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Friday, Jan. 28, 2005 - 11:57 a.m.

Jurong East MRT Station

The Malay mother is not embarrassed by the sudden shouts from her son, as the two of them wait on the train platform. Other commuters steal quick glances at the pair, a vignette of abnormalcy to interrupt the routine commute home. The nine year old son tugs on her mother's arm, and tries to swing from it. The mother scolds him, with the full understanding that her son understands none of her words, but only the expression of anger and exasperation. The scolding is complete with the adjustment of her tudung. The boy then starts to sing. He sings a Malay children's song, learned at a school for Special children like him; his mother picks him up from the school every afternoon, and he will never understand the cruel capitalization of the letter 'S'. The song that he sings is slightly off key, but he does not miss a single word, even as his mother pulls his small hand into the train carraige after her. If there is one single quality about his voice, it is that he sings the song with a complete lack of shame.

Pittsburgh Chinese Church Driveway

There is a little girl squatting on the driveway, chalking it with a few of her friends. They hold the fat, oversized pieces of chalk in the grasps of their tiny hands, dragging the blunt tips over the smooth grey concrete. Soon after, the driveway becomes an explosion of birds, ships, suns and stars. One of the boys says that the sun is a star, only closer to us, but another says that he is completely wrong. The little girl's mother comes out and catches her holding the chalk in her left hand. The mother scolds her with a series of questions - don't you remember what the doctor said? Don't you know you have to exercise your right hand? Don't you want to get better? The little girl hears the same three questions several times a day, when she gets caught writing in her diary, or picking up a drink with the wrong hand. She has to exercise her right hand, because it is innervated by the under-developed motor cortex of her left brain. "Left' and 'Right' hold so much more meaning for her compared to other children; the two words are like the words to start a war. The little girl ignores her mother, but the older woman kneels down behind her daughter and puts a piece of chalk in the little girl's right hand. She holds onto her daughter's right hand like an external muscle, and guides it to color in a cloud. The little girl does not release the chalk in her left hand. One day, her defiance will come to fruition.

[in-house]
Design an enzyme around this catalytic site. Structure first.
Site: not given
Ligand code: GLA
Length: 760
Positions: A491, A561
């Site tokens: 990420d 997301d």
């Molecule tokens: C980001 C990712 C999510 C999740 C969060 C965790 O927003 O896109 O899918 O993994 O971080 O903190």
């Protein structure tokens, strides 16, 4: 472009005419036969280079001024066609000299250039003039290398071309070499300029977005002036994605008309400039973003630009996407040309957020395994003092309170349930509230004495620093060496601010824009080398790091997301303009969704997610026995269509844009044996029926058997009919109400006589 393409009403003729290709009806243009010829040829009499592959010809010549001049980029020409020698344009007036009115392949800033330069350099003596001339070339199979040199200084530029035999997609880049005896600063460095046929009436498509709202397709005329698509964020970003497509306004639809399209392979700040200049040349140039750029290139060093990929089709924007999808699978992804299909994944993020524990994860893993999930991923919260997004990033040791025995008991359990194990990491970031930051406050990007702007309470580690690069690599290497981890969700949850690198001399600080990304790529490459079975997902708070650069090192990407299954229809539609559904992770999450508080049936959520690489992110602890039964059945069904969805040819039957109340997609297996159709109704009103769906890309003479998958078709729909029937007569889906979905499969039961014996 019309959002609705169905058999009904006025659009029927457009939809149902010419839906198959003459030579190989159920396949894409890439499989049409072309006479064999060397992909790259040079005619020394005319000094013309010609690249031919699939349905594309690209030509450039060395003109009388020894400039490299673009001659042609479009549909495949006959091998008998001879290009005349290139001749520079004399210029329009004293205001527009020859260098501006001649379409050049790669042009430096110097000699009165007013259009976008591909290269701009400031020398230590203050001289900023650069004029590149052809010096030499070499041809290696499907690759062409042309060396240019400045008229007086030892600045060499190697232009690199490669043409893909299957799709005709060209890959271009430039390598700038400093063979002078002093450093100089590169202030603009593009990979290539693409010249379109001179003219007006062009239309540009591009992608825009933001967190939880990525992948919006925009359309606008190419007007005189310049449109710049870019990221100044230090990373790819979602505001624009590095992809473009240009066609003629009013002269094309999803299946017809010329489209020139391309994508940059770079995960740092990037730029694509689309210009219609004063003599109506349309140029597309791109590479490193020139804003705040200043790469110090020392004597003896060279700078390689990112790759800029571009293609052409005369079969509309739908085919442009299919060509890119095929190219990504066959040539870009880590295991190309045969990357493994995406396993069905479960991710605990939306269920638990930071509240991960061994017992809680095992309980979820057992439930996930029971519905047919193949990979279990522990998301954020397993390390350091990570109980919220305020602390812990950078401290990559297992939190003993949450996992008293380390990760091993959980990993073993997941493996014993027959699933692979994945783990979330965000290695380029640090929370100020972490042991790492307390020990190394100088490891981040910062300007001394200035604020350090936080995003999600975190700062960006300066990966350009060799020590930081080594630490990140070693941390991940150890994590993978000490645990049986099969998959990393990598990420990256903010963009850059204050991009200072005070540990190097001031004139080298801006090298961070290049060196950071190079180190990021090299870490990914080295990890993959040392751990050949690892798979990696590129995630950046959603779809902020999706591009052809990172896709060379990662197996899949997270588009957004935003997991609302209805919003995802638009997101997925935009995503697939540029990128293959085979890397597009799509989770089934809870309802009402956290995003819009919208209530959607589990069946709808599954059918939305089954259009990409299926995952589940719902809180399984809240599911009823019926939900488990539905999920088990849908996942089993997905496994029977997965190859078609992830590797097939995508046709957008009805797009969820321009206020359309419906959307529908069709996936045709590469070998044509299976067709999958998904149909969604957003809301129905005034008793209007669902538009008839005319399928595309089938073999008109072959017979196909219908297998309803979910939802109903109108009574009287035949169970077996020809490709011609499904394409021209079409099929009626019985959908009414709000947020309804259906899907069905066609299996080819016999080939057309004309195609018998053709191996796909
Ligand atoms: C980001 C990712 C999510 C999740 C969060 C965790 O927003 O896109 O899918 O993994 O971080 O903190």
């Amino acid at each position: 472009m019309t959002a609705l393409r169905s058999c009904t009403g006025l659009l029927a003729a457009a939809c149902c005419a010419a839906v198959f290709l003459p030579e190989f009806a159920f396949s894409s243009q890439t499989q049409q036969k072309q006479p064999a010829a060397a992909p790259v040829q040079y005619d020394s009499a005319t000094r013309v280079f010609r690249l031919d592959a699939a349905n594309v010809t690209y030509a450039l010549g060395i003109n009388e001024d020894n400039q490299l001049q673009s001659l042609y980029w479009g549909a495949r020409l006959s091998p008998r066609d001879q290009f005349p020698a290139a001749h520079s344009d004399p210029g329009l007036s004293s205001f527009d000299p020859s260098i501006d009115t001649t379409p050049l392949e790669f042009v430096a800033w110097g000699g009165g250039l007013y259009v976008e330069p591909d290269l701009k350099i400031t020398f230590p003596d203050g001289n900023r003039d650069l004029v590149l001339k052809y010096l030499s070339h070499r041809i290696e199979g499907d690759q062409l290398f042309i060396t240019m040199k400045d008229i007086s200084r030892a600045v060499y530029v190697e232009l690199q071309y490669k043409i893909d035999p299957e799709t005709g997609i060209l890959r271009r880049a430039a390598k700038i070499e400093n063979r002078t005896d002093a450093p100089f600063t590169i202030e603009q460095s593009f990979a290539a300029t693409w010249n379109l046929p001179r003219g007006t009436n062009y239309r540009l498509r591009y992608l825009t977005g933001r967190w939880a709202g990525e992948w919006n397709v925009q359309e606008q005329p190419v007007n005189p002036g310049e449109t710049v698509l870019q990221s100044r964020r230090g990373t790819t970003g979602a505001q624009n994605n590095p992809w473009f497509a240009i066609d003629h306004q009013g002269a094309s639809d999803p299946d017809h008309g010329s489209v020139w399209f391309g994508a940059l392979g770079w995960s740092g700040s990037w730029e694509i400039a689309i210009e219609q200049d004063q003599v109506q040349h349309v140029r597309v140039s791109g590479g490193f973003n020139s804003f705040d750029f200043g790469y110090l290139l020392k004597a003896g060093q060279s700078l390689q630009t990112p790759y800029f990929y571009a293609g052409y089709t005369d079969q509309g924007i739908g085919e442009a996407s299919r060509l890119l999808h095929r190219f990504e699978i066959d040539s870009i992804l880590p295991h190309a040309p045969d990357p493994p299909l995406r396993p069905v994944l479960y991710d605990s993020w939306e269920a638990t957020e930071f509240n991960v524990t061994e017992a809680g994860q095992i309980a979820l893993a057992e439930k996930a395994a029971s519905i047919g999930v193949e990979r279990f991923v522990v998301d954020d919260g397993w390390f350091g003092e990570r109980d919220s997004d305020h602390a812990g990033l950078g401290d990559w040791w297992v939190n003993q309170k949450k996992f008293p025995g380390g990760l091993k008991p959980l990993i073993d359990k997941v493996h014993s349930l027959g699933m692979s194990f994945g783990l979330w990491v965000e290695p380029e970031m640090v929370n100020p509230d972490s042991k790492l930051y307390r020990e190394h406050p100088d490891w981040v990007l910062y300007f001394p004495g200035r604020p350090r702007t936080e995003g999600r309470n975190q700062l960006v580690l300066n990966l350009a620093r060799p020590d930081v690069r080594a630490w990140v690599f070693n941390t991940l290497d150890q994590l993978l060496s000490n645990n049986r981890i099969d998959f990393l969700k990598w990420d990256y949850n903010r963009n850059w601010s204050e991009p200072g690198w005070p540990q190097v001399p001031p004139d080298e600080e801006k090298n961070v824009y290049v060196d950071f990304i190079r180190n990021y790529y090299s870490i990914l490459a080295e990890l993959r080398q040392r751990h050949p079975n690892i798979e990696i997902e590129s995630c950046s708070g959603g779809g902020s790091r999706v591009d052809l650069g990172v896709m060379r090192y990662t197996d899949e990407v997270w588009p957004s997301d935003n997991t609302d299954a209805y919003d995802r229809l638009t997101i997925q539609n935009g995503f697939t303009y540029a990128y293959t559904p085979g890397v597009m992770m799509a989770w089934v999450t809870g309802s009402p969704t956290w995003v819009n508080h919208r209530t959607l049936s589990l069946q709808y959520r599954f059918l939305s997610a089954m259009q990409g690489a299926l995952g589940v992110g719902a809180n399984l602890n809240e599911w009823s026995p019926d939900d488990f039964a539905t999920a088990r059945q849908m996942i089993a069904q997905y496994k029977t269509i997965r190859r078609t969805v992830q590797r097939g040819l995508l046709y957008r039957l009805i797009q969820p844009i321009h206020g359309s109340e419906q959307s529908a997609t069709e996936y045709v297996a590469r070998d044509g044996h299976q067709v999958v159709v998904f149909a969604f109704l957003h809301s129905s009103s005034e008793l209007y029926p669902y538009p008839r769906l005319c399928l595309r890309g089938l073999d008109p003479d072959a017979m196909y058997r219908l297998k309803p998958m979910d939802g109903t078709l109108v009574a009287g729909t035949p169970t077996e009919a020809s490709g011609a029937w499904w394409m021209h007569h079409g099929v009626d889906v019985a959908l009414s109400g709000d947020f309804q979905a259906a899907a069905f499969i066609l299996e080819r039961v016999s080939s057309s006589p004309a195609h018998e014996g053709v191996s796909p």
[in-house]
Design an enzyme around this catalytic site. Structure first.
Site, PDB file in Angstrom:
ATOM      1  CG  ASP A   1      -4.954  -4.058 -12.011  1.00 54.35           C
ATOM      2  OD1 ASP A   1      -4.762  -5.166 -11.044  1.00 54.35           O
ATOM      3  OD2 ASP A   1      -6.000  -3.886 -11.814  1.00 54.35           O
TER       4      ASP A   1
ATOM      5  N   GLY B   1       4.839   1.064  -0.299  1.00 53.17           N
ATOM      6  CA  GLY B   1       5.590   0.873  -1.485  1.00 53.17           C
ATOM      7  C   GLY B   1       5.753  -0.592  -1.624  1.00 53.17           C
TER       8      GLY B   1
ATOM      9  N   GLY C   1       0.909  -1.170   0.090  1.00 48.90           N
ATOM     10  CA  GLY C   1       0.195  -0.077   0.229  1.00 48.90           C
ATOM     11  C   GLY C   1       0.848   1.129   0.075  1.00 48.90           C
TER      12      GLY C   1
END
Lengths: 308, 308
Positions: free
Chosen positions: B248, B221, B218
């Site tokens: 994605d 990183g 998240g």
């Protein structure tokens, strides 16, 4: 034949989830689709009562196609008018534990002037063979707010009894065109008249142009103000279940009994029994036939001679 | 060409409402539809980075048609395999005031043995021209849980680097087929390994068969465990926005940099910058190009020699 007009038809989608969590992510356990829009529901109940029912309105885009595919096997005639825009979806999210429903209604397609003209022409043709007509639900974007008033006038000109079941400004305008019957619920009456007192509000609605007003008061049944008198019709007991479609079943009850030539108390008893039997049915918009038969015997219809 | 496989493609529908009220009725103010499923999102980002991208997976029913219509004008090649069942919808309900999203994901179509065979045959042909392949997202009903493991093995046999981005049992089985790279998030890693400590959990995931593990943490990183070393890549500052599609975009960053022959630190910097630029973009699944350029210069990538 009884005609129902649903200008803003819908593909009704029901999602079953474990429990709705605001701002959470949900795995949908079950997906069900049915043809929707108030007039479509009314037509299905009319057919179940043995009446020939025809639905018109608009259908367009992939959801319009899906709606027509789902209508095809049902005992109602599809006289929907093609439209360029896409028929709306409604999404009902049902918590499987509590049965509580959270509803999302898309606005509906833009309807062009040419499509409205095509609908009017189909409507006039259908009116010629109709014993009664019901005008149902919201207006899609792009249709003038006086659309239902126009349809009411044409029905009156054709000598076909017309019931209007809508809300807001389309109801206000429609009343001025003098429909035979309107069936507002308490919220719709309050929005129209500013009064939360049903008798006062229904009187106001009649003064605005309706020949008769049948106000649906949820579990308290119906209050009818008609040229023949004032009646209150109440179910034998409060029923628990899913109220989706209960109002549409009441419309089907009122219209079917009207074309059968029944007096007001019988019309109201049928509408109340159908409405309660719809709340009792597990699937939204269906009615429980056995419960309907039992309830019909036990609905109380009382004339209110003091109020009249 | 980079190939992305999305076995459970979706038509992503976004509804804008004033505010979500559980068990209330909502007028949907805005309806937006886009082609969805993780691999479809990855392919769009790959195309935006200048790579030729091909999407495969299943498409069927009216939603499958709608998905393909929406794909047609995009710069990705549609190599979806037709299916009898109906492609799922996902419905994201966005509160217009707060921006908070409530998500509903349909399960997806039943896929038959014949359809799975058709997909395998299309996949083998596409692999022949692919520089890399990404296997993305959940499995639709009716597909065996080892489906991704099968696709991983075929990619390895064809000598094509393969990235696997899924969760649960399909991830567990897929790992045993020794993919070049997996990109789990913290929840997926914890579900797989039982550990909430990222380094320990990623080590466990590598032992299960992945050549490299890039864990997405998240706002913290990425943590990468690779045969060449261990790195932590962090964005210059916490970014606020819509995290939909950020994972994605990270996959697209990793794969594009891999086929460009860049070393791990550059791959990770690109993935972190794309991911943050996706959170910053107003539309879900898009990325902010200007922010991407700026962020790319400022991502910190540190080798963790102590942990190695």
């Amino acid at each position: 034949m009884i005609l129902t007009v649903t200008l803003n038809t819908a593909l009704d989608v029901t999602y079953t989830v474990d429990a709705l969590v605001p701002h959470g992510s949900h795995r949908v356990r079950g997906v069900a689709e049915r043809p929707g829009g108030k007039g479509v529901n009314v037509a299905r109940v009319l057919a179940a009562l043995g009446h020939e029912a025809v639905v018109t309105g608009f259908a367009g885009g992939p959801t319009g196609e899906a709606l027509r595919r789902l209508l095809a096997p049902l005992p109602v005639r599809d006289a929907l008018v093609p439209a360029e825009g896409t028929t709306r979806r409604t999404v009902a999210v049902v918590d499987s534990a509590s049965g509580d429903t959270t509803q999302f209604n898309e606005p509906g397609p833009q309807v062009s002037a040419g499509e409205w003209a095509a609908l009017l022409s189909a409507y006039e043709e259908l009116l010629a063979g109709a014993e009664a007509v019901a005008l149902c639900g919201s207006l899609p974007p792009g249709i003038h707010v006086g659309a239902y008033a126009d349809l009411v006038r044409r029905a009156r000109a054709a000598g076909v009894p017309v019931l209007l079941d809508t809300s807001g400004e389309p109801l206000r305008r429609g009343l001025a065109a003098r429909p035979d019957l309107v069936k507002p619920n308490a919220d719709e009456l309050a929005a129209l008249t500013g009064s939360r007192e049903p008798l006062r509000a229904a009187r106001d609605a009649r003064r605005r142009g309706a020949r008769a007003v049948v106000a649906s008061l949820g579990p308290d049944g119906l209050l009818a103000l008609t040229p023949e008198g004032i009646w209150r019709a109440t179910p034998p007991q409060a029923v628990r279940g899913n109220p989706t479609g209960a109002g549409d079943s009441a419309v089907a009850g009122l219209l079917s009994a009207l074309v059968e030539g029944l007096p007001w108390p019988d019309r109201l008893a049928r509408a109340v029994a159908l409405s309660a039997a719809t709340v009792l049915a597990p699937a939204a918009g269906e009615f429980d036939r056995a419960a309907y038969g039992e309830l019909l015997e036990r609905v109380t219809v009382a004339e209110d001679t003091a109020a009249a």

Pittsburgh Chinese Church, Worship Hall

People in the congregation turn their heads with every sound that he makes. He alternates between loud giggles and unintelligible moans. He seems to be happy, smiling as he looks around at the rows of parishioners. There is the pastor's voice, broken by a loud giggle once every few minutes. Each time, his mother leans into his body and whispers harshly into his ear. He is almost twice as tall as she is, and she is in one word, diminuitive. He is quiet for a while, and fidgets in his seat. After a few minutes he extends a hand across her back and pinches her. She arches straight with the pain but makes no sound. She is used to his pinching - when she takes off her clothes, the skin of her back is a map of bruises. She brushes his arm away twice and her hand goes back to her lap, where it meets the other hand and clasps it, praying for her son to be healed.


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